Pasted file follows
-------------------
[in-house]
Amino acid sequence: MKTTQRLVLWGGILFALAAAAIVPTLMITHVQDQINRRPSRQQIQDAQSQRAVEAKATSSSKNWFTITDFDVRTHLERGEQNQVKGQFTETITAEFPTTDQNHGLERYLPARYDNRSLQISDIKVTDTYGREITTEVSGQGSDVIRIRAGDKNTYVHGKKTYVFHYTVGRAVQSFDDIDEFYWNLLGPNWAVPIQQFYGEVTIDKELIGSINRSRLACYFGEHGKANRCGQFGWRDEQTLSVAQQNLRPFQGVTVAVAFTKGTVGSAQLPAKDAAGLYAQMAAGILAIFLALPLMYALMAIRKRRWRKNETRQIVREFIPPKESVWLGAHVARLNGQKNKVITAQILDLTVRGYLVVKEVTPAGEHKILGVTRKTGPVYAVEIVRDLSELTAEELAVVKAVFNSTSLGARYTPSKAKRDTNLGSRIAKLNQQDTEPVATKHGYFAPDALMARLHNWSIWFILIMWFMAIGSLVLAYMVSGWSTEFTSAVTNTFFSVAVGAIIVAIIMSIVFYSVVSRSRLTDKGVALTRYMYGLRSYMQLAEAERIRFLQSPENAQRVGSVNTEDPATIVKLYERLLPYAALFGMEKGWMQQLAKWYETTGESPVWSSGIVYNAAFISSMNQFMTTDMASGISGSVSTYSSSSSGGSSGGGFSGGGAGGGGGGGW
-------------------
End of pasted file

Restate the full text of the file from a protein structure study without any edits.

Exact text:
[in-house]
Amino acid sequence: MKTTQRLVLWGGILFALAAAAIVPTLMITHVQDQINRRPSRQQIQDAQSQRAVEAKATSSSKNWFTITDFDVRTHLERGEQNQVKGQFTETITAEFPTTDQNHGLERYLPARYDNRSLQISDIKVTDTYGREITTEVSGQGSDVIRIRAGDKNTYVHGKKTYVFHYTVGRAVQSFDDIDEFYWNLLGPNWAVPIQQFYGEVTIDKELIGSINRSRLACYFGEHGKANRCGQFGWRDEQTLSVAQQNLRPFQGVTVAVAFTKGTVGSAQLPAKDAAGLYAQMAAGILAIFLALPLMYALMAIRKRRWRKNETRQIVREFIPPKESVWLGAHVARLNGQKNKVITAQILDLTVRGYLVVKEVTPAGEHKILGVTRKTGPVYAVEIVRDLSELTAEELAVVKAVFNSTSLGARYTPSKAKRDTNLGSRIAKLNQQDTEPVATKHGYFAPDALMARLHNWSIWFILIMWFMAIGSLVLAYMVSGWSTEFTSAVTNTFFSVAVGAIIVAIIMSIVFYSVVSRSRLTDKGVALTRYMYGLRSYMQLAEAERIRFLQSPENAQRVGSVNTEDPATIVKLYERLLPYAALFGMEKGWMQQLAKWYETTGESPVWSSGIVYNAAFISSMNQFMTTDMASGISGSVSTYSSSSSGGSSGGGFSGGGAGGGGGGGW